I am a PhD candidate at the Lawrence S. Bloomberg Faculty of Nursing at the University of Toronto. My research interests are in nursing indicators and healthcare quality measurement in mental healthcare settings. These interests stem from various roles I have had in my professional nursing career in mental health care, best practice guideline development, and quality improvement initiatives.
My doctoral research involves developing an instrument to evaluate the quality of discharge planning processes in mental health care. In collaboration with nurse leaders at CAMH and Ontario Shores, I am gaining invaluable insight into how my research can be used to influence mental health policies and services. Measuring and evaluating the impact of nursing care on patient and organizational outcomes will enable healthcare organizations to deliver better, more effective patient care.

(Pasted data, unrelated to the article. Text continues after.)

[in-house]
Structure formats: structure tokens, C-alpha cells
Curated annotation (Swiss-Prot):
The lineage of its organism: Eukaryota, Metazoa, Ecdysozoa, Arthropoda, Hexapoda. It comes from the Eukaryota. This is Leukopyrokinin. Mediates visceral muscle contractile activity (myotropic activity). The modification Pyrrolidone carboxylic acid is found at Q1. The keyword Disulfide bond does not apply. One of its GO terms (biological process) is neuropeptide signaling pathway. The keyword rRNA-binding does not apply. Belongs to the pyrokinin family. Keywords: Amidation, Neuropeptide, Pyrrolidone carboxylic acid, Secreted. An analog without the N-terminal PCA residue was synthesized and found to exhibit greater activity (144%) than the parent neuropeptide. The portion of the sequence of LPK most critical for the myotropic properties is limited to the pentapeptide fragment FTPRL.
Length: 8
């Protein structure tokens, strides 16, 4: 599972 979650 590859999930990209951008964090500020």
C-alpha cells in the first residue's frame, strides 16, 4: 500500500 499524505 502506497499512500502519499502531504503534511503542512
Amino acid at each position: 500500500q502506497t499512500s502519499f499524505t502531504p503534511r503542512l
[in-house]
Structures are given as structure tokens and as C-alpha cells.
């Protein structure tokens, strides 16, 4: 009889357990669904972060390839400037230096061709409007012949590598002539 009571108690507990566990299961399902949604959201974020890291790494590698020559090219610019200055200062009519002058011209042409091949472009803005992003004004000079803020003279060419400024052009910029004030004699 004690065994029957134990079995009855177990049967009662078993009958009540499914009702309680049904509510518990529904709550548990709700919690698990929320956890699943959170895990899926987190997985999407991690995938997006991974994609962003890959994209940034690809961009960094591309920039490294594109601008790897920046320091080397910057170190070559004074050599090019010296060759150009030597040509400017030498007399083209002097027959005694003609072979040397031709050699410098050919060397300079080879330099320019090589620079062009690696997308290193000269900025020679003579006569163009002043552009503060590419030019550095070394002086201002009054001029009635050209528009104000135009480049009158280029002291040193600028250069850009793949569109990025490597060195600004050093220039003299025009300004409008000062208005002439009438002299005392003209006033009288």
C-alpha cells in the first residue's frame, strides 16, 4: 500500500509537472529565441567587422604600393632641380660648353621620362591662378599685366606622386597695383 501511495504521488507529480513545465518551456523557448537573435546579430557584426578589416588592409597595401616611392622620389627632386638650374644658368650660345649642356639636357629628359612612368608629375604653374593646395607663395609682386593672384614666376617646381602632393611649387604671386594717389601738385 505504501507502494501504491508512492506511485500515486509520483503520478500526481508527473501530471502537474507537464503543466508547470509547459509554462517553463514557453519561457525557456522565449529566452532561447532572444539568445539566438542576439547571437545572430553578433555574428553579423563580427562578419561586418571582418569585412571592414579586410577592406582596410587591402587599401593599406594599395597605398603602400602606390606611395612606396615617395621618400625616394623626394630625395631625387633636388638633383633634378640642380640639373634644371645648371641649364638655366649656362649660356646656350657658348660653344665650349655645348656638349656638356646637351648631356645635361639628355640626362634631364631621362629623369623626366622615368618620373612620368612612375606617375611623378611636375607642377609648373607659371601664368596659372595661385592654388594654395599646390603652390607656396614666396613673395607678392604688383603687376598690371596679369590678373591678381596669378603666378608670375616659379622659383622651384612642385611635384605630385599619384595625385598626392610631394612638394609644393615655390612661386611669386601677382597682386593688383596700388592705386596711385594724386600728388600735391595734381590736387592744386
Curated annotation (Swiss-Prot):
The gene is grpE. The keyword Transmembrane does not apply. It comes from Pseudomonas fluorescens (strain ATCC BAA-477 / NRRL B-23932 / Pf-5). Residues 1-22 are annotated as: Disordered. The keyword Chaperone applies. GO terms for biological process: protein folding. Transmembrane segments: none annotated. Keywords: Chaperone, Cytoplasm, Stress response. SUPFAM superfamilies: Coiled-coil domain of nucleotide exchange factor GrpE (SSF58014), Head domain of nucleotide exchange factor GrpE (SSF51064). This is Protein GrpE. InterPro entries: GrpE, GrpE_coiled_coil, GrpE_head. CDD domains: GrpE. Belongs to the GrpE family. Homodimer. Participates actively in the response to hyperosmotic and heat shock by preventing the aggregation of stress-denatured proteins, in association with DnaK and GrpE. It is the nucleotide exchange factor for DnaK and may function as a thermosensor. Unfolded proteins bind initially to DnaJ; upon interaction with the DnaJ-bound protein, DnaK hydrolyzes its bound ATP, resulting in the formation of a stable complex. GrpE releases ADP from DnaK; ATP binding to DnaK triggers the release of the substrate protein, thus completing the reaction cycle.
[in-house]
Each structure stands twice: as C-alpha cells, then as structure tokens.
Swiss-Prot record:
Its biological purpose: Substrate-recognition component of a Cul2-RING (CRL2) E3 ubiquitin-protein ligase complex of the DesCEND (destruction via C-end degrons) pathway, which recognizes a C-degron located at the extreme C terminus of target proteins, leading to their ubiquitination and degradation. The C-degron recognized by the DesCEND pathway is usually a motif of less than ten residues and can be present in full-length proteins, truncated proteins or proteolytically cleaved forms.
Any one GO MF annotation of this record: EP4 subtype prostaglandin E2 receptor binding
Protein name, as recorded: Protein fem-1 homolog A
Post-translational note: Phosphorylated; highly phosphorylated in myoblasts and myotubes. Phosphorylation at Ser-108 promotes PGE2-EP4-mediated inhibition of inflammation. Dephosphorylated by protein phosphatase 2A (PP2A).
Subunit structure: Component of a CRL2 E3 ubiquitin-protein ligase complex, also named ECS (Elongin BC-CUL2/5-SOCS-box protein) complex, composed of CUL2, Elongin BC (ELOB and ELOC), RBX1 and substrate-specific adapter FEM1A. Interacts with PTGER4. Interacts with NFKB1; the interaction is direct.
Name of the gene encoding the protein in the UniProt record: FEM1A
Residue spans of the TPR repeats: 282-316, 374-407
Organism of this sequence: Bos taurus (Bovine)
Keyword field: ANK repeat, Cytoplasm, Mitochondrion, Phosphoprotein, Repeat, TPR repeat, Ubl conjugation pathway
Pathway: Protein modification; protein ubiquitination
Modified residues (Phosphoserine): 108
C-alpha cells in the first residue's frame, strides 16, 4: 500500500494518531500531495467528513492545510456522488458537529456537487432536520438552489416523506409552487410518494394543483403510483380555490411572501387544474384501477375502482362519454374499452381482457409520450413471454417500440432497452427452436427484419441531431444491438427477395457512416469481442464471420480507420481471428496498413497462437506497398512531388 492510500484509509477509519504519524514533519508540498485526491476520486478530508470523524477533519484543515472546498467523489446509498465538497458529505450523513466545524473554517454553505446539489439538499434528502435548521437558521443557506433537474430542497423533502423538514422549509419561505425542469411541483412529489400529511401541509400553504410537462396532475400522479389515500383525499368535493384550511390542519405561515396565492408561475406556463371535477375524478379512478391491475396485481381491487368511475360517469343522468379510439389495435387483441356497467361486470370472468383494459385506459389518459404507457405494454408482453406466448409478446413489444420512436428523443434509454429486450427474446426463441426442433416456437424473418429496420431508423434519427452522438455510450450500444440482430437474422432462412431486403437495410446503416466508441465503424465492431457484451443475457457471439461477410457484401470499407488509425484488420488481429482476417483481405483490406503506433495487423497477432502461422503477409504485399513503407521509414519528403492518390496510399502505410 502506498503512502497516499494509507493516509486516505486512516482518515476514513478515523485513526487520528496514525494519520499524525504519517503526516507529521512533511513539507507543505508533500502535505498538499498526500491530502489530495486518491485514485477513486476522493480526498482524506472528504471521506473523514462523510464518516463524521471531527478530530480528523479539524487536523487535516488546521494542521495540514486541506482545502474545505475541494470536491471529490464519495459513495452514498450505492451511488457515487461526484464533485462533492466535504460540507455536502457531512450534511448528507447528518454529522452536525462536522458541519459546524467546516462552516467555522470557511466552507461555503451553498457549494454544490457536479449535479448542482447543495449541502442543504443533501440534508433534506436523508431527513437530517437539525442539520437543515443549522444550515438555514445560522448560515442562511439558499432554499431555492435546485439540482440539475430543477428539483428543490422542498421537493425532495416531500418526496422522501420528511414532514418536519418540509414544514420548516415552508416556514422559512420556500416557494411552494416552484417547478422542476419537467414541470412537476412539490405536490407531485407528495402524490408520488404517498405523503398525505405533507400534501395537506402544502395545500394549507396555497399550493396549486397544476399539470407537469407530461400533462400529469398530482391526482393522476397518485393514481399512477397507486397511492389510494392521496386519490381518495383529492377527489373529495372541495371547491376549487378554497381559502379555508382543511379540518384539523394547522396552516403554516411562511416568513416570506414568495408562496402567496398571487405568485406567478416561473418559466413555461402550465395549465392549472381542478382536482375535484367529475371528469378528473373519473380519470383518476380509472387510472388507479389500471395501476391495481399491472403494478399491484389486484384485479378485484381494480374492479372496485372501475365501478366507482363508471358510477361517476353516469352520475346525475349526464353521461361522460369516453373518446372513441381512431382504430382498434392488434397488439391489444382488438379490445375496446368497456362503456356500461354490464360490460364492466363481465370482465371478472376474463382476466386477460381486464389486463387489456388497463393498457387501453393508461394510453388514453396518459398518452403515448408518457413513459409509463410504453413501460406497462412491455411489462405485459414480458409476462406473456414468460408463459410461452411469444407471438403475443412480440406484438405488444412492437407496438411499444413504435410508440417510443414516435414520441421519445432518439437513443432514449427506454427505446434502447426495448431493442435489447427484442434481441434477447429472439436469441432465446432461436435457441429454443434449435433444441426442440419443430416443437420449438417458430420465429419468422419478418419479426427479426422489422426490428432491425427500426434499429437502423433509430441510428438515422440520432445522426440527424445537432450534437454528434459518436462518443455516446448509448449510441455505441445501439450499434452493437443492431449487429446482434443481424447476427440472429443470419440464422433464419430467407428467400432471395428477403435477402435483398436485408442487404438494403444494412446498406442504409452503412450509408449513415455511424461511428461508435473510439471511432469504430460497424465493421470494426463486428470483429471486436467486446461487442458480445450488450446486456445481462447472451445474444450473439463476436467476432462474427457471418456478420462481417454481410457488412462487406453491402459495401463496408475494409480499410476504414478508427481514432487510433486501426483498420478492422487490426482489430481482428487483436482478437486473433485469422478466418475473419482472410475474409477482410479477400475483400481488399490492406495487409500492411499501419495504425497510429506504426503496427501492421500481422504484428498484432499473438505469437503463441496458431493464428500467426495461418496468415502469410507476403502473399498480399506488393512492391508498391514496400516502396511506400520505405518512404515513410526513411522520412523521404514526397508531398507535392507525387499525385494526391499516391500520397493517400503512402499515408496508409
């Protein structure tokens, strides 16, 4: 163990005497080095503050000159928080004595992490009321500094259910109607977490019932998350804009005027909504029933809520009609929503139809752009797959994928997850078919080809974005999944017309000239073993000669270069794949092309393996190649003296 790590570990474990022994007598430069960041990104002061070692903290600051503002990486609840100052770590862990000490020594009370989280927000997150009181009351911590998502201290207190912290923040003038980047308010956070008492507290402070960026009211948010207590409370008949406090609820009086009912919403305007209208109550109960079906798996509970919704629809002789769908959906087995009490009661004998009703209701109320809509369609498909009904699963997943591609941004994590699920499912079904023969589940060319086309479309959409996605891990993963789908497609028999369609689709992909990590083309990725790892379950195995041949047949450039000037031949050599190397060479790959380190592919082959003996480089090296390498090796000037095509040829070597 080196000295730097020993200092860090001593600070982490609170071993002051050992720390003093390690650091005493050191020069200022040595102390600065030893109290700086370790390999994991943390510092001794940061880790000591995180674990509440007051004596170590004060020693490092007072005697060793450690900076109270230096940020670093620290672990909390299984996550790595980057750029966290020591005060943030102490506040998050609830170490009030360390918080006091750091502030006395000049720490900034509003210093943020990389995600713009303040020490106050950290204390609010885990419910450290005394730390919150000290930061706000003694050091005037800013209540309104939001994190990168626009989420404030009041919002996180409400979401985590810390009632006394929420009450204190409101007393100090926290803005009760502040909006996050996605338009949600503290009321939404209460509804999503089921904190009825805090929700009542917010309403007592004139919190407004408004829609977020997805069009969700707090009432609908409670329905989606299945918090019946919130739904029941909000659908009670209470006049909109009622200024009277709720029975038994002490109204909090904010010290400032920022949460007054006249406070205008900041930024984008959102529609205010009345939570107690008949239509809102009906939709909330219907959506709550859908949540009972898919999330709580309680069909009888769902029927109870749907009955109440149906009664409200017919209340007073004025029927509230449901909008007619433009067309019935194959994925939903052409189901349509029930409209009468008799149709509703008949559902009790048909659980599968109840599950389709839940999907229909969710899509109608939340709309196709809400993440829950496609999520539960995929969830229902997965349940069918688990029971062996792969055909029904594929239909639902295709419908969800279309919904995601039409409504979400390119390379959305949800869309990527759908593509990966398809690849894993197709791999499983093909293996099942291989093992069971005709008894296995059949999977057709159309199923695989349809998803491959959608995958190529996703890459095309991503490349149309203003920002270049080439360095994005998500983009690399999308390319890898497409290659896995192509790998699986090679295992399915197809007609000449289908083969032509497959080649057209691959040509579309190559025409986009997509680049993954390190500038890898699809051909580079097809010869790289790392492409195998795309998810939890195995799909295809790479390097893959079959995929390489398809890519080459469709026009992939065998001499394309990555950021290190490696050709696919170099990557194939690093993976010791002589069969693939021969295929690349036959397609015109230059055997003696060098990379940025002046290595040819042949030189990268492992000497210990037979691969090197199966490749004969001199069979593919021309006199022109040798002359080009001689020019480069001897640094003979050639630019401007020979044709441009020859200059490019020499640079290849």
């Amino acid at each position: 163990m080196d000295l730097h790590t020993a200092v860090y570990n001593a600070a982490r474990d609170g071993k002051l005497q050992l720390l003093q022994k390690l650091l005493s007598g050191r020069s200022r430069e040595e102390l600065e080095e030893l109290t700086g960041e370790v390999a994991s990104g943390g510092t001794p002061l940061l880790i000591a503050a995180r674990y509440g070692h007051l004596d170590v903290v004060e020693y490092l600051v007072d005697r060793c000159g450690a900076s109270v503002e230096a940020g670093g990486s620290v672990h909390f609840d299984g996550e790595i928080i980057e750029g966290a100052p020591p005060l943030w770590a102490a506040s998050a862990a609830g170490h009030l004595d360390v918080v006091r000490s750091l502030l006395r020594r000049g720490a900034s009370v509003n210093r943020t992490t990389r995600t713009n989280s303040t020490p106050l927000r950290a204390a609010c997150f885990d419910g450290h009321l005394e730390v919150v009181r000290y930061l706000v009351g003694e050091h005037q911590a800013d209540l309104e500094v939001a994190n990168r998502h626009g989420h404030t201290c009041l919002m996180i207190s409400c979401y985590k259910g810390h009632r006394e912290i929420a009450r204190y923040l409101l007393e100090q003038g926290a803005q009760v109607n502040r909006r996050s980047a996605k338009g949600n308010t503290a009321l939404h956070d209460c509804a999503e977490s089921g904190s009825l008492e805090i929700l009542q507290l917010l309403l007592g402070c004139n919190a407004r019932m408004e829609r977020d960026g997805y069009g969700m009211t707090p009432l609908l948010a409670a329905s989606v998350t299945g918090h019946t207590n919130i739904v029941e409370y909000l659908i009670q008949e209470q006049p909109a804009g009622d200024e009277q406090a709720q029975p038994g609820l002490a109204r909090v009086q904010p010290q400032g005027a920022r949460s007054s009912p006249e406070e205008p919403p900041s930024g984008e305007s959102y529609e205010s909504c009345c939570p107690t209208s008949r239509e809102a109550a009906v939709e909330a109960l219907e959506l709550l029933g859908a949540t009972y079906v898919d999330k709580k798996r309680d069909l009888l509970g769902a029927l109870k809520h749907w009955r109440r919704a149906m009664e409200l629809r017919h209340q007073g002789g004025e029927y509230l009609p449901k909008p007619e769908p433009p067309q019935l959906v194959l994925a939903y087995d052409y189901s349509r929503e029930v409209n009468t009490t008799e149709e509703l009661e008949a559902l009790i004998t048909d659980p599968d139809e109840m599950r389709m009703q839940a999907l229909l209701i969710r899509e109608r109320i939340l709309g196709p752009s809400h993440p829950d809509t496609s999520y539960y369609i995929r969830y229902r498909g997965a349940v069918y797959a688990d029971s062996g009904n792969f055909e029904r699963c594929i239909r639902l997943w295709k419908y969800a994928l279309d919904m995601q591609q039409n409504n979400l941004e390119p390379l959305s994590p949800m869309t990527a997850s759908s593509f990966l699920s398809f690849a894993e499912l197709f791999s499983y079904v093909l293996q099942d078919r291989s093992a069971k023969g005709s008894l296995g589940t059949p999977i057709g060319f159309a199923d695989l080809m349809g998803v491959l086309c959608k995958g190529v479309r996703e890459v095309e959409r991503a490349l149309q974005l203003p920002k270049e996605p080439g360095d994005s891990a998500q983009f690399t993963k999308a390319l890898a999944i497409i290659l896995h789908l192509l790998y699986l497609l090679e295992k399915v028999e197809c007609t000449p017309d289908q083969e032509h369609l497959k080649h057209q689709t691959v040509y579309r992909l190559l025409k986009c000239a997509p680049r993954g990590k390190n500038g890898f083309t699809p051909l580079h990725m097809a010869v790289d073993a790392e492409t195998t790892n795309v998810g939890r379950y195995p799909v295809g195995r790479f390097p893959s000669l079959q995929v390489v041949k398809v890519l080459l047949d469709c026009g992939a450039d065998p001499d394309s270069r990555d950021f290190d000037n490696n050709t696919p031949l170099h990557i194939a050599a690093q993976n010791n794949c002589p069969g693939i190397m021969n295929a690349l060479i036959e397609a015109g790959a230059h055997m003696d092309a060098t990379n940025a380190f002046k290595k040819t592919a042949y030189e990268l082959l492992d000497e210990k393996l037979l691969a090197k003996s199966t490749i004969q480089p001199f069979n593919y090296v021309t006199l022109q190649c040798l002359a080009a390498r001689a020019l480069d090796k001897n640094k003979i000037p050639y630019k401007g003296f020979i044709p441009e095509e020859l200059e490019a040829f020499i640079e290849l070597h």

Like many other nurses, I went into the field of nursing because of my caring, nurturing personality and desire to help others. I began volunteering with children and seniors and working with the homeless at a very young age, and knew that a career in nursing would allow me to continue to make an impactful difference in society. To date, the extensive breadth of experiences I have uniquely gained in nursing have greatly contributed to my journey of self-discovery and professional development. These invaluable insights continue to inspire me on my nursing career path of life-long learning.
After completing my PhD, I plan to pursue a postdoctoral fellowship to achieve my career goal of becoming a nurse scientist. Building on my doctoral work, I will develop a research program to examine the linkages between discharge planning processes and patient outcomes in mental health care. Having family members afflicted with depression for three generations, I hope to become a mental health advocate and improve healthcare outcomes for marginalized populations in Canada and abroad.